Intercargo concerned about lack of testing of low sulphur fuels

With less than six months to go until the new sulphur regulations come into force, Intercargo says it is “extremely worried” about the safety of ships, crew and environment as both the fuel suppliers and shipping companies have pushed the testing of the compliant fuels to the end of the year. 

Effective per 1 January 2020, the new sulphur regulations require shipping companies to burn fuels with a maximum sulphur content of 0.5%, opposed to 3.5% now. The global availability of safe compliant fuels, however, remains a key question largely unanswered.

“It is extremely worrying that compliant fuels have so far been made available only in a limited number of ports and
under unfavourable terms for voluntary early testing by ships, as charterers and operators are not currently obliged to purchase future compliant fuel. Hence, the practical testing of new fuels and crew training, which is only possible under real conditions aboard ships, is very limited and pushed to the end of year – this situation creates significant safety implications for the operation of ships, which could eventually threaten the safety of seafarers, ships, and cargoes, as well as the marine environment,” Intercargo states.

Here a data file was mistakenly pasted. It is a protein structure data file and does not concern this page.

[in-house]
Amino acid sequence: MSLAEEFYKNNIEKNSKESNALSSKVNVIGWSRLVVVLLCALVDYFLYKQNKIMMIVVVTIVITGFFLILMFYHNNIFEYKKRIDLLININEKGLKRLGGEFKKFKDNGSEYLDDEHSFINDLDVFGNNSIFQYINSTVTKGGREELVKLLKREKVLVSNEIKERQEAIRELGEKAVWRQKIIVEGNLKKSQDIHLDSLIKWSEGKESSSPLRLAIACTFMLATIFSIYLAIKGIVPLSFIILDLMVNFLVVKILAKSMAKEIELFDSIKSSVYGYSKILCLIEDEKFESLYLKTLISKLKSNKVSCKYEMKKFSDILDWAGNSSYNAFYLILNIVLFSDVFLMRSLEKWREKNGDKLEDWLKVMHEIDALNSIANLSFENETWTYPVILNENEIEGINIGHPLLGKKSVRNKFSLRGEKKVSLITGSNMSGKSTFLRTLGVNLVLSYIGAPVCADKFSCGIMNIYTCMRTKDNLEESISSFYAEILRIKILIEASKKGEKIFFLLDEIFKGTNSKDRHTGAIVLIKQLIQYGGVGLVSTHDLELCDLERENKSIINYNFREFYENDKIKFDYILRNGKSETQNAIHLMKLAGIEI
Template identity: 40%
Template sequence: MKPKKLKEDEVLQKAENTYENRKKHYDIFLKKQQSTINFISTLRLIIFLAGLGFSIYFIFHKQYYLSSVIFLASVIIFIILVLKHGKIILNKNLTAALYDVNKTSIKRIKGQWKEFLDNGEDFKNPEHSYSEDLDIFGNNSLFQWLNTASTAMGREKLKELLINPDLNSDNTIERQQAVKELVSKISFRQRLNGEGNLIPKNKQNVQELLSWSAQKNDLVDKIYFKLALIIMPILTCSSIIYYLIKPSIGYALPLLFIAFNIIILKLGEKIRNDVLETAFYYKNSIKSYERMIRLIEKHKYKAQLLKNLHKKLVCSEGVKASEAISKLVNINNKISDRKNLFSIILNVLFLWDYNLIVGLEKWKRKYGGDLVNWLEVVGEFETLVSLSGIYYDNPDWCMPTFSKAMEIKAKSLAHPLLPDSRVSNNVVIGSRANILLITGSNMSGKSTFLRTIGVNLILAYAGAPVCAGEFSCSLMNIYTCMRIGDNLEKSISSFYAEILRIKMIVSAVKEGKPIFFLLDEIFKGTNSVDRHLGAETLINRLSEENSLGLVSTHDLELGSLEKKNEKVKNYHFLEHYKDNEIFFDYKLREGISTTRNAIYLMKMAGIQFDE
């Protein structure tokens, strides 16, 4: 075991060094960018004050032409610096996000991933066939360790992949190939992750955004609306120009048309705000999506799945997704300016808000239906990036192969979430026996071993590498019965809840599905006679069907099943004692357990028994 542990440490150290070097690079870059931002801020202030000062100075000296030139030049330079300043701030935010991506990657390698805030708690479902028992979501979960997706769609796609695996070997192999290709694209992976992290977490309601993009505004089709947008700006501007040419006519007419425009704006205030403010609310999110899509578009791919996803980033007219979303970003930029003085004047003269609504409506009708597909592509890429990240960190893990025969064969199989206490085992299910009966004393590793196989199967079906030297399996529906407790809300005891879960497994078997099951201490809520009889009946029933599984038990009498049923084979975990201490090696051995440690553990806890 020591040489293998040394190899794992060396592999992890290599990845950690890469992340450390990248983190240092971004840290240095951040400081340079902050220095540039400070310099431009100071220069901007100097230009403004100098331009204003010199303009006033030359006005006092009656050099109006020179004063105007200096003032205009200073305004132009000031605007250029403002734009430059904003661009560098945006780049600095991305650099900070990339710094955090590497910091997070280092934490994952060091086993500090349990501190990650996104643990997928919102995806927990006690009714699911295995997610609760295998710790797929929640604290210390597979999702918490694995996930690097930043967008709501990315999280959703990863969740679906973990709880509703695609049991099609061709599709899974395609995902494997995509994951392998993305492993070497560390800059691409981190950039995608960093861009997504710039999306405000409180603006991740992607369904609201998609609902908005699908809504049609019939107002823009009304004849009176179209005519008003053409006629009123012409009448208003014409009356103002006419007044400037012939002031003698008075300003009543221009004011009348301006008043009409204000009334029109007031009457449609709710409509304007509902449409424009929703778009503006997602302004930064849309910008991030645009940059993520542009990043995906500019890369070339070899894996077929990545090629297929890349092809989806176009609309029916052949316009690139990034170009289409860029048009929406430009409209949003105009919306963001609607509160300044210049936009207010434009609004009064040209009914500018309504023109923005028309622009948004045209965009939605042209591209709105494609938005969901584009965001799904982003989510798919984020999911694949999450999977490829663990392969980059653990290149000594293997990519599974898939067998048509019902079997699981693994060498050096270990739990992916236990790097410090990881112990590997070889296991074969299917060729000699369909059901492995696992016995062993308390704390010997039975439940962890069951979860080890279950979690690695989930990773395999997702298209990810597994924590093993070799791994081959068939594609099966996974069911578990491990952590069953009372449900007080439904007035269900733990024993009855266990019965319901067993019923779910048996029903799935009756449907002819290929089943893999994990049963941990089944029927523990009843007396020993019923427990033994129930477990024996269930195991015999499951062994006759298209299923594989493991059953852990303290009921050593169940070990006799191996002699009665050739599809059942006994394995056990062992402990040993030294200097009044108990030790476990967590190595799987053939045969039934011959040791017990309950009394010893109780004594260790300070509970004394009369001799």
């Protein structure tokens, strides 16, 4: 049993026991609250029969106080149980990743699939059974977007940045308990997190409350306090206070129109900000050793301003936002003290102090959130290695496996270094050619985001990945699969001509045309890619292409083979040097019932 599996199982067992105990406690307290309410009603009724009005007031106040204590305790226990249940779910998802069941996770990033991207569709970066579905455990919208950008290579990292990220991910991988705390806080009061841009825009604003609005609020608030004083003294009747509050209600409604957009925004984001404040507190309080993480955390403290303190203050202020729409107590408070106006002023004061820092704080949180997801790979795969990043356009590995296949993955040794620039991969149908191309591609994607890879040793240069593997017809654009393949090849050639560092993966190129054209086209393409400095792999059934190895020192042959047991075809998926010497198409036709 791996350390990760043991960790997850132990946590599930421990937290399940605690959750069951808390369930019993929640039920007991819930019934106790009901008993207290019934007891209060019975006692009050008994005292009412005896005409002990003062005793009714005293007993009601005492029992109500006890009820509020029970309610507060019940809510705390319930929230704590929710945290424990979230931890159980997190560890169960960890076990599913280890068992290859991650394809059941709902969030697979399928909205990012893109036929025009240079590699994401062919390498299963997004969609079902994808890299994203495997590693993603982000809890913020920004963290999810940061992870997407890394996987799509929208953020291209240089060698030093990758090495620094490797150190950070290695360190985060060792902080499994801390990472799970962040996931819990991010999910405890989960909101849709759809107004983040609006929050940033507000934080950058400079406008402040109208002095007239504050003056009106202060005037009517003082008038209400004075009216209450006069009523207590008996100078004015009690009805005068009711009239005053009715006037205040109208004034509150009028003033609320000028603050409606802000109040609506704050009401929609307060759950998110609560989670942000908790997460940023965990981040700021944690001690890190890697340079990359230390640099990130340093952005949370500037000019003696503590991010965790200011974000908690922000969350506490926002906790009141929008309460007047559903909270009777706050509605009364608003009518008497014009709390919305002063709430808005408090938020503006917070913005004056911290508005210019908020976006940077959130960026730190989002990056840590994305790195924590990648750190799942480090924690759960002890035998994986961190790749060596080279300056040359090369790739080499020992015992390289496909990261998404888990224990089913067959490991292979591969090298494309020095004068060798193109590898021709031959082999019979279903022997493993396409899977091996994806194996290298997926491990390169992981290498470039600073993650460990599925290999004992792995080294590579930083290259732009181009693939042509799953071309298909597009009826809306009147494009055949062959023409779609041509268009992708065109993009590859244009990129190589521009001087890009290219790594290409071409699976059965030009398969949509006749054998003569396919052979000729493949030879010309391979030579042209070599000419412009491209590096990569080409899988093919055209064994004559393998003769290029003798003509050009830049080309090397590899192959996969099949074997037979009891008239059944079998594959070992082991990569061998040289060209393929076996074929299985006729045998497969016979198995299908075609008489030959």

The dry bulk shipping association urges the fuel supply industry to provides the market with significant volumes of compliant fuels at many ports around the world so that all sectors can be serviced. It also says that the Publicly Available Specification (PAS) related to the 0.5% limit should be made available as soon as possible to provide guidance on the application of the existing ISO 8217 specification for marine fuels.

Additionally, Intercargo stresses that it is of utmost importance that ship charterers and operators start purchasing these fuels so that the crew can be trained and the fuels tested. “Seafarers deserve our special consideration, as the industry will largely rely on their skills for managing the new compliant fuels aboard ships on the high seas to
ensure a smooth implementation of this drastic change,” the shipping association states.

Most shipping companies will comply with the new sulphur regulations simply by switching to low sulphur fuel. Even though scrubber sales have skyrocketed in 2018 and 2019, it is estimated that only 5% of all ships will be equipped with scrubbers to comply with the new sulphur rules. An even smaller number of ships have been converted to sail on LNG.

There are some shipping companies, though, that invested heavily in scrubbers to avoid switching to the costly low sulphur fuels. One of those companies is Spliethoff, the third-largest multipurpose shipping operator in the world, that invested 110 million euros in scrubber technology.

Author: Tobias Pieffers

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